Siemens: cybersecurity for energy during COVID-19
Recognising that working from home has taken on vastly greater significance for the energy industry because of the COVID-19 pandemic, Leo Simonovich, Global Head of Industrial Cybersecurity, believes that executives face a two-fold challenge of safety and security.
“By accessing critical plant production and grid networks from homes, employees raise the risk of a possible second wave crisis: rolling outages and safety events when keeping the lights on matters most,” said Simonovich.
“Attackers will attempt to exploit the rush to remote systems, understaffed facilities, and new ways of working.”
Understanding the threat
Although enterprise systems are always under a certain degree of threat from cyberattacks, workers trying to keep utilities functioning correctly may be working in sub-optimal conditions that amplify security faults.
Some of these include unsecured internet connections and human-error caused by a different way of working (i.e. a change in workspace setup which renders once-familiar tasks difficult or confusing).
For this reason, Simonovich advocates, energy companies must thoroughly asses each procedure and determine which are safe to operate by a worker remotely and those which are not.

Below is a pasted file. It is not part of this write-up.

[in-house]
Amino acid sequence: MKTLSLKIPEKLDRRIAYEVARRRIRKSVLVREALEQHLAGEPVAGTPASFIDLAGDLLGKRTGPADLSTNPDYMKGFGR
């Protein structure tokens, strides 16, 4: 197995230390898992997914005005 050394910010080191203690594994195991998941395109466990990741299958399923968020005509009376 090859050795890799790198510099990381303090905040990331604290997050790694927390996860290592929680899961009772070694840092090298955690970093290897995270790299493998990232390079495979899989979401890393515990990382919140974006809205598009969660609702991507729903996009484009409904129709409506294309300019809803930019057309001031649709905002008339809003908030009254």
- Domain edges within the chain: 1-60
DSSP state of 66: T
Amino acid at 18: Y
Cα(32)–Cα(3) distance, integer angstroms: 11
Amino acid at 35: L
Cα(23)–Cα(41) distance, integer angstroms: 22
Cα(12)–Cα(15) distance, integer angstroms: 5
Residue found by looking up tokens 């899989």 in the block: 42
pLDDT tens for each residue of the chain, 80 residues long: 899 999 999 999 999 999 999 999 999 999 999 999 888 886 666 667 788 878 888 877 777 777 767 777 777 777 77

“Cybersecurity is as strong as its weakest link,” he continues. “Ensuring that partner systems work from a shared roadmap will help utilities assess and improve security. Failing to consider partners’ cybersecurity leaves a potentially large blind spot in your defences.”
Establishing a response
After understanding where the increased risk of cyberthreats comes from, Siemens recommends setting up a clear three-pronged approach to bolter defences:
Secure connections: Knowingly giving access to strictly confidential or important systems to workers who cannot guarantee security is unacceptable, therefore companies must carefully assess what plant operators require access to in order to mitigate the risk of infiltration.
Monitor anomalies: Because remote working is currently outside general ‘normal working conditions’, it may be difficult to differentiate between a cyberattack and legitimate operator usage. Careful monitoring of the system will help to establish a baseline to measure this.
Prepare an incident response plan: Workers may be off-site, ill or otherwise not able to respond in their normal capacity during a cyberattack event. Plants must factor in these changes and alter response plans accordingly.
“While the COVID-19 crisis makes these steps urgent, several long-term trends that pre-date the pandemic will drive similar changes,” Simonovich states.
These changes will include new operating models, automation and advanced training for remote workforces. Due to the unknown length of the current pandemic and its effect on global lifestyles, companies should prepare for these changes over the long-term.
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